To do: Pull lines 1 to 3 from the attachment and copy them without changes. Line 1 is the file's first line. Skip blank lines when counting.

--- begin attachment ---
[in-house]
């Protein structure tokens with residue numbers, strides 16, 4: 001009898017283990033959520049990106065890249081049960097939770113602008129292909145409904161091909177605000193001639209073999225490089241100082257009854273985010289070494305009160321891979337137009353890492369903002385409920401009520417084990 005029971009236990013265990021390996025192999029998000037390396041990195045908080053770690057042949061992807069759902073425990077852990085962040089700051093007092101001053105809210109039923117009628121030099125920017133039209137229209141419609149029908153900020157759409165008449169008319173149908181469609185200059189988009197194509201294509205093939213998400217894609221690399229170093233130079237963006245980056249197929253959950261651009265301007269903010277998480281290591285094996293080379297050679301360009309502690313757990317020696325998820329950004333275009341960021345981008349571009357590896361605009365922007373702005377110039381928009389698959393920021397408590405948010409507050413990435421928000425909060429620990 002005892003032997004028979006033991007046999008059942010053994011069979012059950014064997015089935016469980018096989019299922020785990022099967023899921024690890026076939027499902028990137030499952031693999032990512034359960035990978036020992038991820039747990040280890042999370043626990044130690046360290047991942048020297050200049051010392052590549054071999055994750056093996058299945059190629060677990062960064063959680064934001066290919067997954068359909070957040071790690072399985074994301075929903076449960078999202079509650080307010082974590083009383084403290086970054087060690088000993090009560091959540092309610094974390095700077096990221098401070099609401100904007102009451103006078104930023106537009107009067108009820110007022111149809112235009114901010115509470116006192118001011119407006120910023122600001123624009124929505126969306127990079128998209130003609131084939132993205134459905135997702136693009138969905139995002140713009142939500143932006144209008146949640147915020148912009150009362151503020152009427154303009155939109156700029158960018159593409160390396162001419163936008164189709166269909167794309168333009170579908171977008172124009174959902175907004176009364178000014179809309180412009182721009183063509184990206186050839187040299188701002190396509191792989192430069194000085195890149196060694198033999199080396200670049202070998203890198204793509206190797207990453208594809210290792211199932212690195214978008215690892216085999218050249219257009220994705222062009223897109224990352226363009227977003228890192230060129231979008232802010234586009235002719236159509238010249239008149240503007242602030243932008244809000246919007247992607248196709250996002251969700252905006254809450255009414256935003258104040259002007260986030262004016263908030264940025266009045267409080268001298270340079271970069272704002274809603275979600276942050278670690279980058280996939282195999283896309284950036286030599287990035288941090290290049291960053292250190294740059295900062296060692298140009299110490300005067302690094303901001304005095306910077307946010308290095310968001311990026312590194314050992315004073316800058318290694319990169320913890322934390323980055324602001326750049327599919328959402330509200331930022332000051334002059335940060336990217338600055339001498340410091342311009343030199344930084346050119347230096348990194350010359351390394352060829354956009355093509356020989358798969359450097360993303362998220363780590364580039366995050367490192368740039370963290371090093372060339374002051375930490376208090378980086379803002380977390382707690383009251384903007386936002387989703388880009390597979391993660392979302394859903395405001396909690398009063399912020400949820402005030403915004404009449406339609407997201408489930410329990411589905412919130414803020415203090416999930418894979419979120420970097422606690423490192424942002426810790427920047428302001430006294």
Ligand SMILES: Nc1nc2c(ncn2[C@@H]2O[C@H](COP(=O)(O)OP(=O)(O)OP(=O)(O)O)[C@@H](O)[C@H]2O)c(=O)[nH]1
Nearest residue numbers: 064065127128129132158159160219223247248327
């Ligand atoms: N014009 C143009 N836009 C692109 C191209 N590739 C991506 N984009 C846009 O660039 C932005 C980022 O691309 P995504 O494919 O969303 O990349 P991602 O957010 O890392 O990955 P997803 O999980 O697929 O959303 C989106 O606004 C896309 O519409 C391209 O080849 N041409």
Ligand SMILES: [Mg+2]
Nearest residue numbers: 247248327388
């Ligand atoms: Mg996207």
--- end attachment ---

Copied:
[in-house]
């Protein structure tokens with residue numbers, strides 16, 4: 001009898017283990033959520049990106065890249081049960097939770113602008129292909145409904161091909177605000193001639209073999225490089241100082257009854273985010289070494305009160321891979337137009353890492369903002385409920401009520417084990 005029971009236990013265990021390996025192999029998000037390396041990195045908080053770690057042949061992807069759902073425990077852990085962040089700051093007092101001053105809210109039923117009628121030099125920017133039209137229209141419609149029908153900020157759409165008449169008319173149908181469609185200059189988009197194509201294509205093939213998400217894609221690399229170093233130079237963006245980056249197929253959950261651009265301007269903010277998480281290591285094996293080379297050679301360009309502690313757990317020696325998820329950004333275009341960021345981008349571009357590896361605009365922007373702005377110039381928009389698959393920021397408590405948010409507050413990435421928000425909060429620990 002005892003032997004028979006033991007046999008059942010053994011069979012059950014064997015089935016469980018096989019299922020785990022099967023899921024690890026076939027499902028990137030499952031693999032990512034359960035990978036020992038991820039747990040280890042999370043626990044130690046360290047991942048020297050200049051010392052590549054071999055994750056093996058299945059190629060677990062960064063959680064934001066290919067997954068359909070957040071790690072399985074994301075929903076449960078999202079509650080307010082974590083009383084403290086970054087060690088000993090009560091959540092309610094974390095700077096990221098401070099609401100904007102009451103006078104930023106537009107009067108009820110007022111149809112235009114901010115509470116006192118001011119407006120910023122600001123624009124929505126969306127990079128998209130003609131084939132993205134459905135997702136693009138969905139995002140713009142939500143932006144209008146949640147915020148912009150009362151503020152009427154303009155939109156700029158960018159593409160390396162001419163936008164189709166269909167794309168333009170579908171977008172124009174959902175907004176009364178000014179809309180412009182721009183063509184990206186050839187040299188701002190396509191792989192430069194000085195890149196060694198033999199080396200670049202070998203890198204793509206190797207990453208594809210290792211199932212690195214978008215690892216085999218050249219257009220994705222062009223897109224990352226363009227977003228890192230060129231979008232802010234586009235002719236159509238010249239008149240503007242602030243932008244809000246919007247992607248196709250996002251969700252905006254809450255009414256935003258104040259002007260986030262004016263908030264940025266009045267409080268001298270340079271970069272704002274809603275979600276942050278670690279980058280996939282195999283896309284950036286030599287990035288941090290290049291960053292250190294740059295900062296060692298140009299110490300005067302690094303901001304005095306910077307946010308290095310968001311990026312590194314050992315004073316800058318290694319990169320913890322934390323980055324602001326750049327599919328959402330509200331930022332000051334002059335940060336990217338600055339001498340410091342311009343030199344930084346050119347230096348990194350010359351390394352060829354956009355093509356020989358798969359450097360993303362998220363780590364580039366995050367490192368740039370963290371090093372060339374002051375930490376208090378980086379803002380977390382707690383009251384903007386936002387989703388880009390597979391993660392979302394859903395405001396909690398009063399912020400949820402005030403915004404009449406339609407997201408489930410329990411589905412919130414803020415203090416999930418894979419979120420970097422606690423490192424942002426810790427920047428302001430006294």
Ligand SMILES: Nc1nc2c(ncn2[C@@H]2O[C@H](COP(=O)(O)OP(=O)(O)OP(=O)(O)O)[C@@H](O)[C@H]2O)c(=O)[nH]1